The green line represents the population average for the trait, the blue region the inter-quantile range (25th to 75th quantile, indicating that 50% of the population has a value in this range), and the gray delimits the min and max range of the population, so that 100% of the population is within the colored regions).

The population average remains constant which makes sense: if the children's height is the average of the parents' height, the average height of the new generation is going to be the same as for the previous generation. We clearly see the regression toward the mean in effect, the speed of convergence is rather fascinating. While we have a min and max of 0 and 100 in the first generation, the entire population has a value between 49 and 55 in the 10th generation.

Our assumption that the physical trait is the exact average of both parents is a stretch and few traits are passed on this way. Let us look at a more biologically-accurate model.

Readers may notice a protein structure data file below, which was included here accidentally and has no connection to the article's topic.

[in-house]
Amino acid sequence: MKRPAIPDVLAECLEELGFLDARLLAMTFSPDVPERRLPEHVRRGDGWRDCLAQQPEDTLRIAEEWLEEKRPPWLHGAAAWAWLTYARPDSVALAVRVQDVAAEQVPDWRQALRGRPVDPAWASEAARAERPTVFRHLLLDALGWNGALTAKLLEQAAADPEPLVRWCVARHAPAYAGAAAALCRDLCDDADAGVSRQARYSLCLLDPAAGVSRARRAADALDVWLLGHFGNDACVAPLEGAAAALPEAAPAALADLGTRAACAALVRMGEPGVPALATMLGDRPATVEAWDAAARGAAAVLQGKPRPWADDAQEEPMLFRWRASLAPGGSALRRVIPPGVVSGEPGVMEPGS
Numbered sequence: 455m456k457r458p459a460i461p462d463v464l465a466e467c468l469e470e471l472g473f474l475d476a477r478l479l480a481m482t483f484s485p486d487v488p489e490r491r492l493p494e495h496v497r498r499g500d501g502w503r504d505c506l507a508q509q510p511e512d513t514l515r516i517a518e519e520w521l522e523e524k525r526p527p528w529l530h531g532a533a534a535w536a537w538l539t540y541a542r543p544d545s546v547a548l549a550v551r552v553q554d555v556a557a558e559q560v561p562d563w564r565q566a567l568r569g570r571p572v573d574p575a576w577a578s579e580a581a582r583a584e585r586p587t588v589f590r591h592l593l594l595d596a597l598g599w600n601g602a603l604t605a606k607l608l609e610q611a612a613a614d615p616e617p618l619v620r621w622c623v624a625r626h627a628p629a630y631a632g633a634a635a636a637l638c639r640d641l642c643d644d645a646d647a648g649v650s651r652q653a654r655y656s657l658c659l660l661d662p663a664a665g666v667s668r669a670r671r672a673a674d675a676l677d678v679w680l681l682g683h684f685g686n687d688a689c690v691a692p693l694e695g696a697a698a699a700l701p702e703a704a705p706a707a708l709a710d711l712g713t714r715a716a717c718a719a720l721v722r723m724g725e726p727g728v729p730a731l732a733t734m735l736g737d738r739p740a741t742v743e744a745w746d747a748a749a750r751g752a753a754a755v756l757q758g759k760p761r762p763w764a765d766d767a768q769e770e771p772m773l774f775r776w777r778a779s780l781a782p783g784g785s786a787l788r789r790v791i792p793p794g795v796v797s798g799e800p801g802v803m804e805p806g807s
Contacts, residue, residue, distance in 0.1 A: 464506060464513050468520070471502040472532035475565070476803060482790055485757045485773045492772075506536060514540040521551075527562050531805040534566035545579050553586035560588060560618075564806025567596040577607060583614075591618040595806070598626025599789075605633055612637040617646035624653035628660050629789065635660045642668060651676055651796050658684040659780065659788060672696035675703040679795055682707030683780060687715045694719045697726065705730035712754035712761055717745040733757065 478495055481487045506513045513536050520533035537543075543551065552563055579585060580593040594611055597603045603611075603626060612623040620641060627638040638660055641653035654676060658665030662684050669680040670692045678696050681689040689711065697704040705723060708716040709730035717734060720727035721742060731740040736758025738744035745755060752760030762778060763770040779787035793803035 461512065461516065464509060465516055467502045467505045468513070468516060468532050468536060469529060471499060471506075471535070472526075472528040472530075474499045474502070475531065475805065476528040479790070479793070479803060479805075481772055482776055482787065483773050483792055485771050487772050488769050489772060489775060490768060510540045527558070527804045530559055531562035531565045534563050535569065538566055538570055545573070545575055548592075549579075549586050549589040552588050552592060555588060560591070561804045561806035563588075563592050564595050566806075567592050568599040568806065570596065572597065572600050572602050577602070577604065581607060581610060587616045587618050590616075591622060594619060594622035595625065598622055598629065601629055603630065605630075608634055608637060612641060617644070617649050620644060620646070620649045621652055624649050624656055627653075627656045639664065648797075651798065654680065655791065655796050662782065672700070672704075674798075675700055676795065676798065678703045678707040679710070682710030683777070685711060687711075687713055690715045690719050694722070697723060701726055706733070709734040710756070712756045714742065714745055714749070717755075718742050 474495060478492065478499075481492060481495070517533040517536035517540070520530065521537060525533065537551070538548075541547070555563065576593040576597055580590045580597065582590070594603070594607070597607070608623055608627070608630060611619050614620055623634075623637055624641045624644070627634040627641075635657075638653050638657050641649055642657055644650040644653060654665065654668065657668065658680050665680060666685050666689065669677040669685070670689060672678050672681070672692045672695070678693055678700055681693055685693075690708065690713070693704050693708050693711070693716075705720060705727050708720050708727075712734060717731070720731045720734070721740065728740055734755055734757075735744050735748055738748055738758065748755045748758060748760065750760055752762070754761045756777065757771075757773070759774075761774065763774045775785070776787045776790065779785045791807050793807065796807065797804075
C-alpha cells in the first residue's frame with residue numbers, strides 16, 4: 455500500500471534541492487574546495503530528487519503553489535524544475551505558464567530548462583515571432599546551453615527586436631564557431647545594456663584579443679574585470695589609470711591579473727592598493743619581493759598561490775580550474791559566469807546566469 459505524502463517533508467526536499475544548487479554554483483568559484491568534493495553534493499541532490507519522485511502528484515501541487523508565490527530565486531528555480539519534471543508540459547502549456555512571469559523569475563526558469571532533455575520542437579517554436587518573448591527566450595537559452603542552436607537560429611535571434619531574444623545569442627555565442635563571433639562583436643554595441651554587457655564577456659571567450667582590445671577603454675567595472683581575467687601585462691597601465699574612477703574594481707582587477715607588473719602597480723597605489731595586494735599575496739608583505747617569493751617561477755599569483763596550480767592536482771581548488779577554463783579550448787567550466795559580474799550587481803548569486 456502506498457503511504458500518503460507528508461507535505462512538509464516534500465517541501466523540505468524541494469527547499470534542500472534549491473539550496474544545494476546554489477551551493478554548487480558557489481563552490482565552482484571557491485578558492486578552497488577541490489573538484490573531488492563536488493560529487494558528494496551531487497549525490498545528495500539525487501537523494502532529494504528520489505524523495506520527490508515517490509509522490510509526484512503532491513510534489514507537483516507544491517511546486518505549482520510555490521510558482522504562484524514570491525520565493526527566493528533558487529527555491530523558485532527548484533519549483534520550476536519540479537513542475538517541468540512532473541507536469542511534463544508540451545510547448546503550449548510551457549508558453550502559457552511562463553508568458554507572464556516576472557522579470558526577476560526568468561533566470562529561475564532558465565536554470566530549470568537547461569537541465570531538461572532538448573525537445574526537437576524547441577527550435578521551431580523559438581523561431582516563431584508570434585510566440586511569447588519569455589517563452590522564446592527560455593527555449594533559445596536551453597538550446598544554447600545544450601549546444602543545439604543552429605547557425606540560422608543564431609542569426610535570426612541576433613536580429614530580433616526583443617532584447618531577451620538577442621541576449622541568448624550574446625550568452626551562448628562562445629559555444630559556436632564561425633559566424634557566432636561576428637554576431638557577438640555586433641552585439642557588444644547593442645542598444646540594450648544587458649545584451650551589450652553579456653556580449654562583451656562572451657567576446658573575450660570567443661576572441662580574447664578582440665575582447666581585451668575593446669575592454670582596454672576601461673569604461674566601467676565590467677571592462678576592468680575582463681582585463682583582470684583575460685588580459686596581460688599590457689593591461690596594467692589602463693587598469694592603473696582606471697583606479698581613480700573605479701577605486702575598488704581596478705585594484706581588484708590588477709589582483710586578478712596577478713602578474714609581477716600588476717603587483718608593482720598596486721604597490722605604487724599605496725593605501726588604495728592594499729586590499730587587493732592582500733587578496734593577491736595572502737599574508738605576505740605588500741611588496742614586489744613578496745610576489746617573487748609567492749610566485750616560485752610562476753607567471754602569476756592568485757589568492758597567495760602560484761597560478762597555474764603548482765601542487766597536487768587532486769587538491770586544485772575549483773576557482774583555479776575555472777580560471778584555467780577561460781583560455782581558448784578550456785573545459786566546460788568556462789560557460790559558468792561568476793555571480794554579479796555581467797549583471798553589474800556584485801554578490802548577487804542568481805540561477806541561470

Second model

How is genetic information actually passed on from generation to generation? I will not go into the full details, but we know that we actually inherit two copies of each gene, one from mom one from dad. Assuming their is a gene that directly controls height, dad will send one version of this gene (called allele), and so will mom. Since they themselves have two copies of each, there is a 50/50 chance of which one my dad will give me, same for mom.

(from http://cikgurozaini.blogspot.com/2010/06/genetic-1.html)

So let's take another model which replicates this. Each parent has two alleles (again we draw from a discrete 0-100 uniform distribution) and randomly passes one to the offspring.